Feminists and pro-choice politicians are calling for an urgent revamp of Irish abortion law after the death of Savita Halappanavar, a 31-year-old dentist who died in the Republic of Ireland after doctors refused to terminate her pregnancy. Halappanavar went to University Hospital Galway on October 21 and was found to be miscarrying, but doctors refused to induce an abortion as long as a fetal heartbeat was present.
Halappanavar’s husband, Praveen, claims his wife requested an abortion several times but was told, “This is a Catholic country.” She spent several days “in agony” before the fetal heartbeat stopped and doctors removed the dead fetus, and then died in the intensive care unit of the hospital from septicemia. Investigations into Halappanavar’s death will now be held by Ireland’s health executive and by the hospital itself.
Abortion law in the Republic of Ireland last came under international scrutiny when the European Court of Human Rights (ECHR) ruled that the law violated the rights of a woman forced to travel to England to obtain an abortion. The court stated that the woman’s treatment violated her right to a private and family life–similar to the legal basis for Roe v. Wade. However, no changes have been implemented in Irish abortion law since the 2010 ruling, and it appears that legislators’ slowness to act has now claimed its first victim.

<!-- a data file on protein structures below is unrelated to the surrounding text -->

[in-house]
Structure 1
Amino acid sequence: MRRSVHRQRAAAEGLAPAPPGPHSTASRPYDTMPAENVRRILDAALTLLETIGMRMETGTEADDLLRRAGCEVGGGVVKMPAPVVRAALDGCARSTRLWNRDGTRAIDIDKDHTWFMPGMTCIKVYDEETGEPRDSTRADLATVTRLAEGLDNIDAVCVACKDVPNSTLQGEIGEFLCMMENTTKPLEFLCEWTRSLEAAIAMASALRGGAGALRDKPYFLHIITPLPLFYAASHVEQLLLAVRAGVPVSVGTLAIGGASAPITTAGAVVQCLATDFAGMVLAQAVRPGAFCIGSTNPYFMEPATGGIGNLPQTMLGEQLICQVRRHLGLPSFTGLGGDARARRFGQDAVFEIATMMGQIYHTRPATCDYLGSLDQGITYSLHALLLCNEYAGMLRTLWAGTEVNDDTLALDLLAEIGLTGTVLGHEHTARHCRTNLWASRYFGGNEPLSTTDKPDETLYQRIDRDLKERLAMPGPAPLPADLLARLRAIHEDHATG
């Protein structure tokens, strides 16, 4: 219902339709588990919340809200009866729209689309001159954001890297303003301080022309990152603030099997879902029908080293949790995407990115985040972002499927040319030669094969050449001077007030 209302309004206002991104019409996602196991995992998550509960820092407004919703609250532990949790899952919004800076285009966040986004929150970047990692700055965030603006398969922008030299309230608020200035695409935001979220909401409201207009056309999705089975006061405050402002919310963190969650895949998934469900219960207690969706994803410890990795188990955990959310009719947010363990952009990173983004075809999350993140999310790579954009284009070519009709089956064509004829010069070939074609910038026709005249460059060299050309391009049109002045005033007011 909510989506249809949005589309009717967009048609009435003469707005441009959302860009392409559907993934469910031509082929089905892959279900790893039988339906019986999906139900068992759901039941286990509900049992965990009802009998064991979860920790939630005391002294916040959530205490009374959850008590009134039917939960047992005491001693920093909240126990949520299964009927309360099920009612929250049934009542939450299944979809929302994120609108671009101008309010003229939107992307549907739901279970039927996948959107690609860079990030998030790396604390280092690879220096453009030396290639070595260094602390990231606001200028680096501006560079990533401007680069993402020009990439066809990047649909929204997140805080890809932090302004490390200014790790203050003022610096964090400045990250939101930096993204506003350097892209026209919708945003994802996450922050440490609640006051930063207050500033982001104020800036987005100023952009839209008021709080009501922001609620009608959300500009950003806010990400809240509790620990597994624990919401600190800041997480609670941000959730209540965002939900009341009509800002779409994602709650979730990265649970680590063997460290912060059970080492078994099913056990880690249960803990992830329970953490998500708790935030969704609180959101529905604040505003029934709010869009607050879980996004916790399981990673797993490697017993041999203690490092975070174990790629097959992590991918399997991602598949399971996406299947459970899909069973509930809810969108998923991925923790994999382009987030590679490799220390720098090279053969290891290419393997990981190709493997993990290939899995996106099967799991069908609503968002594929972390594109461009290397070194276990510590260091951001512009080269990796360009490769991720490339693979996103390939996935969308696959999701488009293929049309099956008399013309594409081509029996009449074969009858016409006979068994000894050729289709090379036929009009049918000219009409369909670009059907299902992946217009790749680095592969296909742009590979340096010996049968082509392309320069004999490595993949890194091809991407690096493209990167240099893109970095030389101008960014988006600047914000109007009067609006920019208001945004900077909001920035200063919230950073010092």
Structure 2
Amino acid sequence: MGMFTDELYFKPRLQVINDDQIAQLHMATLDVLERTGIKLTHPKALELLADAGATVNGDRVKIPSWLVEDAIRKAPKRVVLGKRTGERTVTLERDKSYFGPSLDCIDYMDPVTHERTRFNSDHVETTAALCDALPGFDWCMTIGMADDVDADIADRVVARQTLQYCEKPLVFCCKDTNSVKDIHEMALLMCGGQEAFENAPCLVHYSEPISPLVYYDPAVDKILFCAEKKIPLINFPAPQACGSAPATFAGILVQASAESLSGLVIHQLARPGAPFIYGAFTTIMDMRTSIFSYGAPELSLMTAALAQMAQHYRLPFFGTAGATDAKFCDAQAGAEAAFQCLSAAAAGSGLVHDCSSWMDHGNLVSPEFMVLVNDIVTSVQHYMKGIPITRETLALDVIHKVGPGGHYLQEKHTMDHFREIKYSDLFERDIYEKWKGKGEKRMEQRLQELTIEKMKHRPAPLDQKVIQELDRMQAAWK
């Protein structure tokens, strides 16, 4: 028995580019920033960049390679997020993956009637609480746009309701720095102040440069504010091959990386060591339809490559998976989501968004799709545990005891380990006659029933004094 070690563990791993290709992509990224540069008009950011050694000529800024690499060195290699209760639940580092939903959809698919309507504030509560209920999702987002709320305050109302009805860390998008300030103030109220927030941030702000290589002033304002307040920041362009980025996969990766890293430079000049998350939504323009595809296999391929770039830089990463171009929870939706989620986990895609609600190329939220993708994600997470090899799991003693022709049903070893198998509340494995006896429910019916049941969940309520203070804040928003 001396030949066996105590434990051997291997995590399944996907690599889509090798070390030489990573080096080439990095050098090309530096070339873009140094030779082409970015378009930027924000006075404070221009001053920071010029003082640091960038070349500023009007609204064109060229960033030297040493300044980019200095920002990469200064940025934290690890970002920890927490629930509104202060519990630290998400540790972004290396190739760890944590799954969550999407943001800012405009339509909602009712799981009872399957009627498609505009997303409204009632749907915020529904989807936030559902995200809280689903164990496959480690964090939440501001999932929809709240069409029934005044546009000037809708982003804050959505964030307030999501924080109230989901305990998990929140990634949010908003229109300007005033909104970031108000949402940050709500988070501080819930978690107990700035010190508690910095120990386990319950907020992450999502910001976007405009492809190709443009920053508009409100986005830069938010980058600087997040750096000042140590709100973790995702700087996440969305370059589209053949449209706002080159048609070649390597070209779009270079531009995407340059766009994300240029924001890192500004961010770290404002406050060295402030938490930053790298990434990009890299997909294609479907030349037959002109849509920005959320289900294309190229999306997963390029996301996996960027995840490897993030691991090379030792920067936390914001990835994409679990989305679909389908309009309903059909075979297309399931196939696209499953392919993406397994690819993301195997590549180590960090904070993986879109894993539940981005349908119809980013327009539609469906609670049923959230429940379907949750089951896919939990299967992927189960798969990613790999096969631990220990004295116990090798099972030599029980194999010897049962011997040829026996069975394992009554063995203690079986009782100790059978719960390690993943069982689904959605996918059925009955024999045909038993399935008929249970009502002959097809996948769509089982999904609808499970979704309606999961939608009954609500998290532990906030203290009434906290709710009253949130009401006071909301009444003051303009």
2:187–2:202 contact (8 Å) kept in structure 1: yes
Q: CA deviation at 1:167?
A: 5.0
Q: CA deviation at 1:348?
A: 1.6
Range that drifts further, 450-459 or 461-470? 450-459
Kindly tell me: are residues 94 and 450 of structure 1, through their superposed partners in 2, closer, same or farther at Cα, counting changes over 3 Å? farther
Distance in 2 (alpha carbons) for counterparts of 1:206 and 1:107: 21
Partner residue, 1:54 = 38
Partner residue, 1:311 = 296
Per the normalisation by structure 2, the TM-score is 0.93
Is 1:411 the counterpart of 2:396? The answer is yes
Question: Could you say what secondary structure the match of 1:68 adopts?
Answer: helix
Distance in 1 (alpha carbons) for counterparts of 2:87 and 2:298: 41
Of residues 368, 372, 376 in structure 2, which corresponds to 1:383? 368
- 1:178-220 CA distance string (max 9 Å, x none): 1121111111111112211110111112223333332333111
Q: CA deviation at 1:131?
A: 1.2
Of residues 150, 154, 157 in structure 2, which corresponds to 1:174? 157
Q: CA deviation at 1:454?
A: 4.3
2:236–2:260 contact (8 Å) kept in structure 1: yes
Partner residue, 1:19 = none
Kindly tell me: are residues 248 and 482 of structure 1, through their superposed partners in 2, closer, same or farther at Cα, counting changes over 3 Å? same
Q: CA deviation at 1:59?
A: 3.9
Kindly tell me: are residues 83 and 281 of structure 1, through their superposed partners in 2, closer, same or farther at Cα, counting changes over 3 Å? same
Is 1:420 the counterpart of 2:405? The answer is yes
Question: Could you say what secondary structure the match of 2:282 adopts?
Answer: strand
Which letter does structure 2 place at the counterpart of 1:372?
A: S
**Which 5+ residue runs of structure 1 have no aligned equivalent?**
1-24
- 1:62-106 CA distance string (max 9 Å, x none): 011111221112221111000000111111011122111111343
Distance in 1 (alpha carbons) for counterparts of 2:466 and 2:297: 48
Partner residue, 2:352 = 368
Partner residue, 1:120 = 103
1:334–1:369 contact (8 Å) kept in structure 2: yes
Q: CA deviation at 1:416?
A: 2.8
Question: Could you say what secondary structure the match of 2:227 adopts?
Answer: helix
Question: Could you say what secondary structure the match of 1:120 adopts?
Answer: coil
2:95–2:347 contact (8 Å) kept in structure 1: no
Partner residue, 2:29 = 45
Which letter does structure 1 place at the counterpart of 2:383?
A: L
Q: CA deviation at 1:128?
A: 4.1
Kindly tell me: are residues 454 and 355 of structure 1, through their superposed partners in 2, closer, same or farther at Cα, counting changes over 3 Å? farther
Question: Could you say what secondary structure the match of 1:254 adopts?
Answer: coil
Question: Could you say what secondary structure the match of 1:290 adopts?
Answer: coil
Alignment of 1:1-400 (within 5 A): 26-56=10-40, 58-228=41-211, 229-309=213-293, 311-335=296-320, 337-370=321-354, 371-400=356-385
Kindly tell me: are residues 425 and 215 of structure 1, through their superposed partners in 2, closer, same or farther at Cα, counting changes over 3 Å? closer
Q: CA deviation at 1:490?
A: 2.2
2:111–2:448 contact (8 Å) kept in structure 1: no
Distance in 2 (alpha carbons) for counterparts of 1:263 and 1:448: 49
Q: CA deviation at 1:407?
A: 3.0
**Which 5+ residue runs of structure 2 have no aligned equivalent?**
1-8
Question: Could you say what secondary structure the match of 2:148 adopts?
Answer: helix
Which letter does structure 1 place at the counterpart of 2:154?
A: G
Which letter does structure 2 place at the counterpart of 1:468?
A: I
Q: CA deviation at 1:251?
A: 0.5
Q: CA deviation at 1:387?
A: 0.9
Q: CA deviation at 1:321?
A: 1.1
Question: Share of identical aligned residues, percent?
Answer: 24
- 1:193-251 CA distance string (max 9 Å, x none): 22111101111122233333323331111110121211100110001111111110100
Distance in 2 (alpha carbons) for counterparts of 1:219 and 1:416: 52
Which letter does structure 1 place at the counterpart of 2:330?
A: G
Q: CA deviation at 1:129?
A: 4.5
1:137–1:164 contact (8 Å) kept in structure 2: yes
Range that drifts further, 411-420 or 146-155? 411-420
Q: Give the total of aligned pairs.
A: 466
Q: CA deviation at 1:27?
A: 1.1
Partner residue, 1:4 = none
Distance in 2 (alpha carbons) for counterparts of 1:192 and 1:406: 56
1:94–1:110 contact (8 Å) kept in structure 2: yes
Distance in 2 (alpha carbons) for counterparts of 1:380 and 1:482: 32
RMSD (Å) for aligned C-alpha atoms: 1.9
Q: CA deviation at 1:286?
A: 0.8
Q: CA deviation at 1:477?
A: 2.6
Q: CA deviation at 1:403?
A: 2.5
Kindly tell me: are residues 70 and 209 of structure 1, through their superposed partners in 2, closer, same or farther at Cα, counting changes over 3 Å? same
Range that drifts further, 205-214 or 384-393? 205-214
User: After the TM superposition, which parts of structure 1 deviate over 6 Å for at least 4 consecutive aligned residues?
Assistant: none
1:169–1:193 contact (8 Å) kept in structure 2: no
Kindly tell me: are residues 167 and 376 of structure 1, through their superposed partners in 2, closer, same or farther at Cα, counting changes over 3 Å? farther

Even though the Irish Medical Council states that abortion may be performed if “there is real and substantial risk to the life (as distinct from the health) of the mother,” the reality is that decisions are left to the discretion of individual doctors. The ECHR found “a lack of effective procedure in the Irish Republic for [a woman] to determine her right to an abortion,” whereby women are not necessarily informed of their right to an abortion in life-threatening cases.
More worryingly, a conference of Irish medical professionals held just six weeks before Halappanavar’s death claimed that “direct abortion is not medically necessary to save the life of a woman.” Today’s news runs in direct contradiction to these doctors’ conclusion that “the prohibition of abortion does not affect, in any way, the availability of optimal care to pregnant women.”
While provoking heated debate about the need for Ireland to overhaul its 151-year-old abortion law, Halappanavar’s needless death may also serve as a warning of things to come if Ohio’s fetal heartbeat bill passes. As opponents point out, despite an exception to save the mother’s life, the bill would mean doctors have to wait until a woman is gravely ill before being certain that they can perform an abortion without prosecution.
And as we can see from this case in Ireland, there can be no waiting. There can be no obstruction to a woman’s right to abort a non-viable fetus. Because when there is, women can die.